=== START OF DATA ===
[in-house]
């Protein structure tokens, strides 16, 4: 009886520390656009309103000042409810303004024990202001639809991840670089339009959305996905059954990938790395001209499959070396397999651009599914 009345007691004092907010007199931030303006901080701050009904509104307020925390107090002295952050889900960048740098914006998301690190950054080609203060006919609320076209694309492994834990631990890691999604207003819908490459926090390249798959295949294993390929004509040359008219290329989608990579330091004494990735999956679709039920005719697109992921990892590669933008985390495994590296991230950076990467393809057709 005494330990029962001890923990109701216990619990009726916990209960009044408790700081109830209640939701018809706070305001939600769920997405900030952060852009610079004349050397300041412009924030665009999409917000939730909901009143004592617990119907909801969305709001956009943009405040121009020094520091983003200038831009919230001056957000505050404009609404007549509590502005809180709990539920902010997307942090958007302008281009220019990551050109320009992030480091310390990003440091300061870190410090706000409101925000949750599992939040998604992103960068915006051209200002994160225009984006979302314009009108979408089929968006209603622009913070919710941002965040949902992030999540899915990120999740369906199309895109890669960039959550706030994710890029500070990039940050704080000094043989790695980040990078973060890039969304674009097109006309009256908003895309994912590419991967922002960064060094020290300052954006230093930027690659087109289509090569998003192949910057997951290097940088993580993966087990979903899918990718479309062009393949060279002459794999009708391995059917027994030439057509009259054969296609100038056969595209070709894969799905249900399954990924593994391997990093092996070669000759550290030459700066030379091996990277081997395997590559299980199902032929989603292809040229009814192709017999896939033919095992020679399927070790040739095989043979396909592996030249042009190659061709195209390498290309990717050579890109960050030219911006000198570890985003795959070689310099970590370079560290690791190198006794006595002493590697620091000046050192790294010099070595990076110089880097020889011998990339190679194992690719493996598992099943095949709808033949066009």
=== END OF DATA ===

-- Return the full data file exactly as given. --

[in-house]
């Protein structure tokens, strides 16, 4: 009886520390656009309103000042409810303004024990202001639809991840670089339009959305996905059954990938790395001209499959070396397999651009599914 009345007691004092907010007199931030303006901080701050009904509104307020925390107090002295952050889900960048740098914006998301690190950054080609203060006919609320076209694309492994834990631990890691999604207003819908490459926090390249798959295949294993390929004509040359008219290329989608990579330091004494990735999956679709039920005719697109992921990892590669933008985390495994590296991230950076990467393809057709 005494330990029962001890923990109701216990619990009726916990209960009044408790700081109830209640939701018809706070305001939600769920997405900030952060852009610079004349050397300041412009924030665009999409917000939730909901009143004592617990119907909801969305709001956009943009405040121009020094520091983003200038831009919230001056957000505050404009609404007549509590502005809180709990539920902010997307942090958007302008281009220019990551050109320009992030480091310390990003440091300061870190410090706000409101925000949750599992939040998604992103960068915006051209200002994160225009984006979302314009009108979408089929968006209603622009913070919710941002965040949902992030999540899915990120999740369906199309895109890669960039959550706030994710890029500070990039940050704080000094043989790695980040990078973060890039969304674009097109006309009256908003895309994912590419991967922002960064060094020290300052954006230093930027690659087109289509090569998003192949910057997951290097940088993580993966087990979903899918990718479309062009393949060279002459794999009708391995059917027994030439057509009259054969296609100038056969595209070709894969799905249900399954990924593994391997990093092996070669000759550290030459700066030379091996990277081997395997590559299980199902032929989603292809040229009814192709017999896939033919095992020679399927070790040739095989043979396909592996030249042009190659061709195209390498290309990717050579890109960050030219911006000198570890985003795959070689310099970590370079560290690791190198006794006595002493590697620091000046050192790294010099070595990076110089880097020889011998990339190679194992690719493996598992099943095949709808033949066009």